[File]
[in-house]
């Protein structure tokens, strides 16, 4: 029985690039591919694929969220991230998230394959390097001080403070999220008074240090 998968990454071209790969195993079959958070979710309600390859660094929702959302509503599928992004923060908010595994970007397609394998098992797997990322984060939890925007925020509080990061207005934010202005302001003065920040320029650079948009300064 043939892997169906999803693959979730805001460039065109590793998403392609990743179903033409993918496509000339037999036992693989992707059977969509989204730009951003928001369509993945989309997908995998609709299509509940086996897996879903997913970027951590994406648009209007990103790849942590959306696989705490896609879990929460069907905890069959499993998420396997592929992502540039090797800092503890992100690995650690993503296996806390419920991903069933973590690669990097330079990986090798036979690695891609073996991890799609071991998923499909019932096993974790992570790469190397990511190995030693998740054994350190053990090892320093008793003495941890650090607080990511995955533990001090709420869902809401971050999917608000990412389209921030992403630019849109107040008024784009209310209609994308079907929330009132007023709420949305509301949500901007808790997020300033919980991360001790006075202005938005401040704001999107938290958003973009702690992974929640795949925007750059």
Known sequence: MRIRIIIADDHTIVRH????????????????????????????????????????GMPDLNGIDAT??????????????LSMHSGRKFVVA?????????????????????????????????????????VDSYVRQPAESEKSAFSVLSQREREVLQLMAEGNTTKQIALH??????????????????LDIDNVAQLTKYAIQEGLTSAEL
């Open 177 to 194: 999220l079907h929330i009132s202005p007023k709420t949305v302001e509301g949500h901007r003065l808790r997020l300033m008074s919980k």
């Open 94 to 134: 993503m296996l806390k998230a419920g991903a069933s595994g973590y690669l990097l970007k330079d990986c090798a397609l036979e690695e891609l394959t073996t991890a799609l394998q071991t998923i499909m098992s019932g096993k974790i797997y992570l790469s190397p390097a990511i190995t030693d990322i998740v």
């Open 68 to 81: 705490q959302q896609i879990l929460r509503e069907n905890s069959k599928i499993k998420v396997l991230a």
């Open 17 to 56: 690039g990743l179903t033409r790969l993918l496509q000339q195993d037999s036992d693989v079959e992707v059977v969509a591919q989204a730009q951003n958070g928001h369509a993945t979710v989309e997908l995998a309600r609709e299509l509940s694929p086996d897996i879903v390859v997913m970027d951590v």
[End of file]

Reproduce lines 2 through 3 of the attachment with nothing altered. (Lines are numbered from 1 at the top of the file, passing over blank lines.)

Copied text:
């Protein structure tokens, strides 16, 4: 029985690039591919694929969220991230998230394959390097001080403070999220008074240090 998968990454071209790969195993079959958070979710309600390859660094929702959302509503599928992004923060908010595994970007397609394998098992797997990322984060939890925007925020509080990061207005934010202005302001003065920040320029650079948009300064 043939892997169906999803693959979730805001460039065109590793998403392609990743179903033409993918496509000339037999036992693989992707059977969509989204730009951003928001369509993945989309997908995998609709299509509940086996897996879903997913970027951590994406648009209007990103790849942590959306696989705490896609879990929460069907905890069959499993998420396997592929992502540039090797800092503890992100690995650690993503296996806390419920991903069933973590690669990097330079990986090798036979690695891609073996991890799609071991998923499909019932096993974790992570790469190397990511190995030693998740054994350190053990090892320093008793003495941890650090607080990511995955533990001090709420869902809401971050999917608000990412389209921030992403630019849109107040008024784009209310209609994308079907929330009132007023709420949305509301949500901007808790997020300033919980991360001790006075202005938005401040704001999107938290958003973009702690992974929640795949925007750059």
Known sequence: MRIRIIIADDHTIVRH????????????????????????????????????????GMPDLNGIDAT??????????????LSMHSGRKFVVA?????????????????????????????????????????VDSYVRQPAESEKSAFSVLSQREREVLQLMAEGNTTKQIALH??????????????????LDIDNVAQLTKYAIQEGLTSAEL